Amazing Medicinal Flowers

30 01 2010
Bird’s Head Birthwort   
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Bird's Head Birthwort 

 
Common name: Bird’s Head Birthwort
Botanical name: Aristolochia ornithocephala    Family: Aristolochiaceae (Birthwort family)


Bird’s Head Birthwort is an climbing shrub with large alternate, long stalked leaves which are heart-shaped to kidney-shaped. Stipules are prominently leaf-like. The flowers are singly borne on stalks 8-10 inches long. The flower tube is divided into three parts. The lower pouch-like part contains the style and stamens. The tube is suddenly inflated in the upper quarter into the so-called bird’s head. Two expansions are attached to the head which may be termed the beak and the lip. The lip is 6 x 4 inches. Bird’s Head Birthwort is native to Brazil, but now cultivated widely. It flowers in the rainy season.
Holostemma Creeper   
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Holostemma Creeper 

Common name: Holostemma Creeper • Hindi: Chhirvel • Marathi: Dudruli, Shidodi • Tamil: Palay kirai • Malayalam: Ada kodien • Telugu: Palagurugu • Sanskrit: Jivanti, Arkapushpi
Botanical name: Holostemma ada-kodien    Family: Asclepiadaceae (Milkweed family)
Synonyms: Holostemma annulare


Holostemma Creeper is a handsome, extensive, laticiferous, twining shrub with large conspicuous flowers. The bark is deeply cracked. The leaves are ovate to heart-shaped, 5-12 × 2-8 cm, coriaceous, acute, smooth above, and finely pubescent. The flowers are greenish-yellow in color, purplish crimson inside, in lateral cymes. The petals are thick, typical of the milkweed family. Flowers are very fragrant. The central crown is edible. The fruits follicles sub-woody, 6-9 cm long, tapering and green. The roots are pretty long up to a meter or more in length, thick, cylindrical and irregularly twisted. It grows over hedges and in open forests especially on the lower slopes of hills. But its occurance has diminished very much within this range of distribution and hence it is considered endangered. Flowering: April-September.
Medicinal uses: Mainly the roots and the whole plant are used for medicinal purposes. Externally the paste of its leaves and roots alleviate oedema due to vitiation of pitta dosa. The herb is beneficial for external use in various skin diseases, wounds and inflammation of the skin.
Snow Lotus   
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Snow Lotus
Common name: Snow Lotus
Botanical name: Saussurea tridactyla    Family: Asteraceae (Sunflower family)


Snow Lotus was discovered by Bower at an elevation of 19,000 ft. In parts of Sikkim, where Himalayan conditions of climate prevail, we have a completely different class of flora. This where plants like the Snow lotus are found. The snow lotus is a high altitude plant (over 12,000 feet above sea level) with brilliant white flowers appearing over dark green leaves which grow through the rocks of mountain peaks. The flowers form in a dense head of small capitula, often completely surrounded in dense white to purple woolly hairs; the individual florets are also white to purple. The wool is densest in the high altitude species, and aid in thermoregulation of the flowers, minimising frost damage at night, and also preventing ultraviolet light damage from the intense high altitude sunlight. The term Snow Lotus is also used for related species S. involucrata and S. laniceps.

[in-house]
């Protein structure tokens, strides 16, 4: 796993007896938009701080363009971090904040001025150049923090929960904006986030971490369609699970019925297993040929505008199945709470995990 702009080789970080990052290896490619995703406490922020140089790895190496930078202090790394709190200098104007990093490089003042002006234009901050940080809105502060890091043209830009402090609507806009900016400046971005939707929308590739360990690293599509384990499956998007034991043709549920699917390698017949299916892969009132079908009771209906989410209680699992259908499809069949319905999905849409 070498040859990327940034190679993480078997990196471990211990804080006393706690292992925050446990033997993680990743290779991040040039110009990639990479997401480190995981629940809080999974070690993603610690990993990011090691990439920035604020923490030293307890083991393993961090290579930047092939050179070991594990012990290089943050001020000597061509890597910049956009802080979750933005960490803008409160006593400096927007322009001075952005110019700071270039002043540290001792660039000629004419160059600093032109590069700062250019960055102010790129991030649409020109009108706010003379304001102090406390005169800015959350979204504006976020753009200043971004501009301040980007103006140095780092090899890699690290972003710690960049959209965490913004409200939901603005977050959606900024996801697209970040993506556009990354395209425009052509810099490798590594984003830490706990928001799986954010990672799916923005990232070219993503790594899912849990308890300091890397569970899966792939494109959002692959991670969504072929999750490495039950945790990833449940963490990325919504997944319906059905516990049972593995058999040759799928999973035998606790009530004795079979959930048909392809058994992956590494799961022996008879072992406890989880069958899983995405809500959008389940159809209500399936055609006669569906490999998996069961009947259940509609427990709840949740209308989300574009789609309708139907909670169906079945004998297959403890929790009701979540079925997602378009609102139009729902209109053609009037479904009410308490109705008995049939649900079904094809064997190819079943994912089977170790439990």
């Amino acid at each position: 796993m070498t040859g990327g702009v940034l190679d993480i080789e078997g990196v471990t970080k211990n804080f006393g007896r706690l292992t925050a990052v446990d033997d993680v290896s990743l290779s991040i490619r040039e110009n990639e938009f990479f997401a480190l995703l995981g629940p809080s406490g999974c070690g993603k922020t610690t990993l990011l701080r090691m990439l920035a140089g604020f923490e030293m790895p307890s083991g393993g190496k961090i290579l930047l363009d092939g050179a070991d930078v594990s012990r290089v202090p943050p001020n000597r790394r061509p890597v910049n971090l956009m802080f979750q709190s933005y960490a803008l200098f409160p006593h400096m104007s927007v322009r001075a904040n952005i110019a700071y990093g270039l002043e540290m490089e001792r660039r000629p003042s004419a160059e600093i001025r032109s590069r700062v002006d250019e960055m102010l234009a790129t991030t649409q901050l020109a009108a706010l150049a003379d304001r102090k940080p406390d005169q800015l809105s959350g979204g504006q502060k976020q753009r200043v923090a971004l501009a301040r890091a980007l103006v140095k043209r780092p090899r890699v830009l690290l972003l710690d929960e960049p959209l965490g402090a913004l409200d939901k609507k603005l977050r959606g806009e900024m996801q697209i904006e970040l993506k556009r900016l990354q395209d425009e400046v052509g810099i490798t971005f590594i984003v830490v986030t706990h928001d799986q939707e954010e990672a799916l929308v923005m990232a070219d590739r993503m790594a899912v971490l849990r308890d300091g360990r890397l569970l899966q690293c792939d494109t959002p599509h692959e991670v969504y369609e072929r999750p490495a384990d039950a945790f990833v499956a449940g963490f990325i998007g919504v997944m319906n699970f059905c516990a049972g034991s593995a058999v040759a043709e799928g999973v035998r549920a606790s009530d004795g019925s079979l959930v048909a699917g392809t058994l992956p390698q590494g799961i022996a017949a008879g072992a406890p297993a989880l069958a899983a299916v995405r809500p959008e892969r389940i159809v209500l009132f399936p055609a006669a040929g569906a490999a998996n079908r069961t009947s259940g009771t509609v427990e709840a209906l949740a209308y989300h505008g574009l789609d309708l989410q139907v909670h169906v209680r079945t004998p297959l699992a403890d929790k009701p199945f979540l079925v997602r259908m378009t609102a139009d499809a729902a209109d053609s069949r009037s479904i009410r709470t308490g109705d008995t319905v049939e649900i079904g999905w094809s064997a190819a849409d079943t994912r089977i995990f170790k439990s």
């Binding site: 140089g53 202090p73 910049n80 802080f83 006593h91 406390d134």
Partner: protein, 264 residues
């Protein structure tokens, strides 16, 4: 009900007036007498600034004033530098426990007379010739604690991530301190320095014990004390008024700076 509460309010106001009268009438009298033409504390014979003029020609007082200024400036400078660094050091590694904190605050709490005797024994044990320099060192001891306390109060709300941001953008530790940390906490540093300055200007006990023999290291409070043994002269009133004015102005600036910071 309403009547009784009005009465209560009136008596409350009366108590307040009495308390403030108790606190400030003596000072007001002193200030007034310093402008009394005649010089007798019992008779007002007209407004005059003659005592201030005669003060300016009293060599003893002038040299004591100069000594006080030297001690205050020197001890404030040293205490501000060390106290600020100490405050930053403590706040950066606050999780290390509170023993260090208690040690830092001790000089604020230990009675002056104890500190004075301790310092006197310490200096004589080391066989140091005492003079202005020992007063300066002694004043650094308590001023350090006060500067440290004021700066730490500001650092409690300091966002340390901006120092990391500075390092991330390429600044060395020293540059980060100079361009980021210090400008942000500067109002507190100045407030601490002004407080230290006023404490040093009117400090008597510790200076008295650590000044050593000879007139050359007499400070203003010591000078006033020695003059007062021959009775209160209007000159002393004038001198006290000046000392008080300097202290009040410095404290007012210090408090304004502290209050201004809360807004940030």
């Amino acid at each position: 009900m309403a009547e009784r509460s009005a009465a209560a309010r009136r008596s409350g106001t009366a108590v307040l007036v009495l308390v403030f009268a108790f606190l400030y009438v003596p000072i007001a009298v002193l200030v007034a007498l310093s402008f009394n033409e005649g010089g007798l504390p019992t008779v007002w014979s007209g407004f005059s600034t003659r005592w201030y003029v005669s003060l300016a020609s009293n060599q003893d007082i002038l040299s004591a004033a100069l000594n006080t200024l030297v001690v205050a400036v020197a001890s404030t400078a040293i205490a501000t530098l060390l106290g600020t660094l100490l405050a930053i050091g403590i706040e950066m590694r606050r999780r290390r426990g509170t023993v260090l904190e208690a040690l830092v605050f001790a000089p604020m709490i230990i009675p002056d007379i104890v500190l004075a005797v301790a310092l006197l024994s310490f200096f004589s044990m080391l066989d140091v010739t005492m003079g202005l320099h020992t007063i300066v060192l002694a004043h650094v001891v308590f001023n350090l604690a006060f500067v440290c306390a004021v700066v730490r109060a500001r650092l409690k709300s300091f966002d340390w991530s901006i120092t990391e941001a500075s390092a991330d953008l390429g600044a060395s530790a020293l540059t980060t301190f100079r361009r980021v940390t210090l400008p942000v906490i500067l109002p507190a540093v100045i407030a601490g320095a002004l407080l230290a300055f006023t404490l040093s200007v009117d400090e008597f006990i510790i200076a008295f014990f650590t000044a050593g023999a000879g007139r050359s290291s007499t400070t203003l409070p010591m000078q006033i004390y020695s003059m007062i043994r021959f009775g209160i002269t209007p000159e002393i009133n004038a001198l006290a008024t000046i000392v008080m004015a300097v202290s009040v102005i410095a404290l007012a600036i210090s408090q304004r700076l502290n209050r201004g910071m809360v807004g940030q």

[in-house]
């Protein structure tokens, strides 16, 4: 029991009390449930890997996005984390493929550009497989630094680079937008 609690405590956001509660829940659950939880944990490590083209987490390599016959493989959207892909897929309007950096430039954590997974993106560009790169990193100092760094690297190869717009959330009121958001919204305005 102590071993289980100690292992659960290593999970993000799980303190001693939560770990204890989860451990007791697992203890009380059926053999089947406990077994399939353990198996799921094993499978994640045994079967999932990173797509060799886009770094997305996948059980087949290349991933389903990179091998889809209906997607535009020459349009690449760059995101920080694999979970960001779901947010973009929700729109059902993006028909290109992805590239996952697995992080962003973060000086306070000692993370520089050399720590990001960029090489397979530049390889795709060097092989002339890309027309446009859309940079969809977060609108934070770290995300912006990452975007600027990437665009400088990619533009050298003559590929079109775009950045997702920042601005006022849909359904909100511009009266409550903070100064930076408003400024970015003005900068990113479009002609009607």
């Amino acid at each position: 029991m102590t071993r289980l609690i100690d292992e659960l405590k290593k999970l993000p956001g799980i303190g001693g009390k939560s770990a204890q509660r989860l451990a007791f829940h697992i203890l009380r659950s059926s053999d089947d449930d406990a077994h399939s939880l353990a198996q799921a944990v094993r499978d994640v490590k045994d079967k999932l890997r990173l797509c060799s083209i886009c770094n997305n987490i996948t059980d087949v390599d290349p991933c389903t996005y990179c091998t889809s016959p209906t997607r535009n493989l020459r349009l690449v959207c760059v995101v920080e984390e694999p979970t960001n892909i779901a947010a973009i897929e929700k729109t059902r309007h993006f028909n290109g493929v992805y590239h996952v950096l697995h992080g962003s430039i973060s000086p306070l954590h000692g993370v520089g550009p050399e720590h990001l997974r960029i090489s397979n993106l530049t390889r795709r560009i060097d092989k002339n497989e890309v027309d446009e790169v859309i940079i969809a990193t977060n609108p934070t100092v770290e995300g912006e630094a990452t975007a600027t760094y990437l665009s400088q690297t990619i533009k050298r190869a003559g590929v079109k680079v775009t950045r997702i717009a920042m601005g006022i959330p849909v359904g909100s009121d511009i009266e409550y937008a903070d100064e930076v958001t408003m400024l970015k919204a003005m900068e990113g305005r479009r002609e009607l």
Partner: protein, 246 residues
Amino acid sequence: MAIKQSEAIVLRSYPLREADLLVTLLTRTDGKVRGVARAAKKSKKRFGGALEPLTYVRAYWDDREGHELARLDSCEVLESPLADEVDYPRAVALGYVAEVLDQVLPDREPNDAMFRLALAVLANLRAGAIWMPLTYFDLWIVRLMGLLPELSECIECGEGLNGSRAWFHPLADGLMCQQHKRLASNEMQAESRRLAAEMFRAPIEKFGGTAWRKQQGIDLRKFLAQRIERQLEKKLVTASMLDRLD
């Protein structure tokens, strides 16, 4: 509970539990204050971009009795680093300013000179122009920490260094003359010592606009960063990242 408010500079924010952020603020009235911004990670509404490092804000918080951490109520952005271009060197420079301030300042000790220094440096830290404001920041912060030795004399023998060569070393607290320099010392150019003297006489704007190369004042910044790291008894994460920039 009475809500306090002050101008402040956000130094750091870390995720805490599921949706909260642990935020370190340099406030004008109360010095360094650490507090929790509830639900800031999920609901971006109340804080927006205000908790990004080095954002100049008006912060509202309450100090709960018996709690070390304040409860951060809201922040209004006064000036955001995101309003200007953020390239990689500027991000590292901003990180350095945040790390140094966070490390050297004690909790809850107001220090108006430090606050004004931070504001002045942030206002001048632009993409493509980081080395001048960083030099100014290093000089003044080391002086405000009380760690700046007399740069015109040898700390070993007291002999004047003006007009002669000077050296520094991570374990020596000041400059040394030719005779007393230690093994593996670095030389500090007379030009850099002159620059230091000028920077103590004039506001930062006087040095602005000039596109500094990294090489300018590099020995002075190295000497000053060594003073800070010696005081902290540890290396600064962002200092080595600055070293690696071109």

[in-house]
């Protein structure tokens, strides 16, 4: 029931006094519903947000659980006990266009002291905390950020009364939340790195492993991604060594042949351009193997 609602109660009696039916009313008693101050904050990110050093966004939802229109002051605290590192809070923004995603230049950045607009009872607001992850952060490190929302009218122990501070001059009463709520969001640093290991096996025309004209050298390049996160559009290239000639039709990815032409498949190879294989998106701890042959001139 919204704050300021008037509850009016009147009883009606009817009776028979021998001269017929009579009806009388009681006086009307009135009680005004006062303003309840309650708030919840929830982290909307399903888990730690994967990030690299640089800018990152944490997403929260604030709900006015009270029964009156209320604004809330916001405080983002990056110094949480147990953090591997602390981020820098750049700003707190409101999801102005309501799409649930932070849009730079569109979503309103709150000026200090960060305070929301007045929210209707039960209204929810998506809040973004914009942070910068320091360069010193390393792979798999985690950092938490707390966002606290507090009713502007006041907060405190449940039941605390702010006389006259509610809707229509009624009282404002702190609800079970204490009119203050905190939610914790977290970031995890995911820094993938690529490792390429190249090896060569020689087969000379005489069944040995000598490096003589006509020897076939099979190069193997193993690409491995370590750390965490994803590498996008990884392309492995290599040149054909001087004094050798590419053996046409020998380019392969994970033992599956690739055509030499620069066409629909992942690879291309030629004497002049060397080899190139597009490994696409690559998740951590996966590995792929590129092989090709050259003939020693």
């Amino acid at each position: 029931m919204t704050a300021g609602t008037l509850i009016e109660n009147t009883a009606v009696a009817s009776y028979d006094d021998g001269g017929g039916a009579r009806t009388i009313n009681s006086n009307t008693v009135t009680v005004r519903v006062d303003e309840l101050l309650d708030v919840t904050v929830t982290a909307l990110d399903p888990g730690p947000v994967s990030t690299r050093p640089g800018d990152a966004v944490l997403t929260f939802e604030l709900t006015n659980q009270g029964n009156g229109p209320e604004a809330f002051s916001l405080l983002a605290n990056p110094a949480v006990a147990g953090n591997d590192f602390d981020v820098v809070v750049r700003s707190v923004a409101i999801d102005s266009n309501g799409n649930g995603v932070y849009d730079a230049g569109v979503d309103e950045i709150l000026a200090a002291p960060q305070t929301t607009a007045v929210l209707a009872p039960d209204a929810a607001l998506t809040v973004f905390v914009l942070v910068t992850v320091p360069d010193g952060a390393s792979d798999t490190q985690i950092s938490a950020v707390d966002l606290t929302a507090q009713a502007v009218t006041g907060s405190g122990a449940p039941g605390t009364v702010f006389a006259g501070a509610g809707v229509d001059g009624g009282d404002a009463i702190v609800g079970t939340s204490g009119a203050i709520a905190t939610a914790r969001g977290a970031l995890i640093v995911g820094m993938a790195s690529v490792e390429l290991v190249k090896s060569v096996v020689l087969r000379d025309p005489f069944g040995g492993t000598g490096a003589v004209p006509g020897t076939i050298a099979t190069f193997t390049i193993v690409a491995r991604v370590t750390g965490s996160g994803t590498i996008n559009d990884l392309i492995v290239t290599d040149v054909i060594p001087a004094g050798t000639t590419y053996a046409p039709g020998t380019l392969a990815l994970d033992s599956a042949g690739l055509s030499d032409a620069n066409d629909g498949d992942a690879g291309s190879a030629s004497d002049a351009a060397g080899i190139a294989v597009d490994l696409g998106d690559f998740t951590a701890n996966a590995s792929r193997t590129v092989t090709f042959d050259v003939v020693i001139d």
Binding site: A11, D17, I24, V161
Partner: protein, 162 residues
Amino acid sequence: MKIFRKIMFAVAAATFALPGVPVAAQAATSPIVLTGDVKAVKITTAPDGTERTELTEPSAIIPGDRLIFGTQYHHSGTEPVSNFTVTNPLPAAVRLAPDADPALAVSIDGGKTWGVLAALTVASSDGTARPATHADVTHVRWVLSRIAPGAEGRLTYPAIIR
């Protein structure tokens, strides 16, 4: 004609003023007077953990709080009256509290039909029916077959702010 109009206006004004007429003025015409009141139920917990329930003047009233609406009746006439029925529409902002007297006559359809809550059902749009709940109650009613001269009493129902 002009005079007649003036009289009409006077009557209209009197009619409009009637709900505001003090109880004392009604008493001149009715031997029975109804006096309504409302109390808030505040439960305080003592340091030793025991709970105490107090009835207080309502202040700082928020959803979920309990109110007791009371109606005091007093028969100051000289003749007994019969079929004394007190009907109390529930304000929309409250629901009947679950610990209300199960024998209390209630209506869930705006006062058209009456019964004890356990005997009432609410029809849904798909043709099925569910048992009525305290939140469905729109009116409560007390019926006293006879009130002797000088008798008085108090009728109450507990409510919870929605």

Medicinal uses: The whole plant is harvested in July and August to yield the herb that is used as a tonic for weakness, a therapy for menstrual disorders, and a remedy for arthritis. Due to the harsh environment of the snow lotus and the strong demand for its use in traditional herbalism, the snow lotus has become quite rare. Snow Lotus is native to the Himalayas.
Elephant Foot   
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Elephant Foot 
Common name: Elephant Foot, Prickly-leaved elephant’s foot, Bull’s Tongue, Ironweed • Hindi: Samdudri, बन तम्बाखू Ban-tambakhu • Marathi: हस्तीपात Hastipata • Tamil: Anashovadi • Malayalam: Anayatiyan • Telugu: Enugabira • Kannada: Hakkarike • Bengali: হস্ী পদ Hasti pod • Sanskrit: गोजिह्वा Gojivha
Botanical name: Elephantopus scaber    Family: Asteraceae (Sunflower family)


Elephant Foot is a rather coarse, rigid, erect, hairy herb 30 to 60 cm high. Stems forked, and stiff. Leaves are mostly in basal rosette and oblong-ovate to oblong-lancelike, 10-25 cm in length and often very much notched on the margins. Those on the stem few and much smaller. Purple flowers are 8-10 mm long. Each head comprises about 4 flowers. Flowering heads borne in clusters at the end of the branches and usually enclosed by 3 leaf-like bracts which are ovate to oblong-ovate, 1 to 1.5 cm long, and heart-shaped at the base. The flowering heads many-crowded in each cluster. Fruits are achenes, ribbed. Pappus from 4 to 6 mm long with rigid ristles.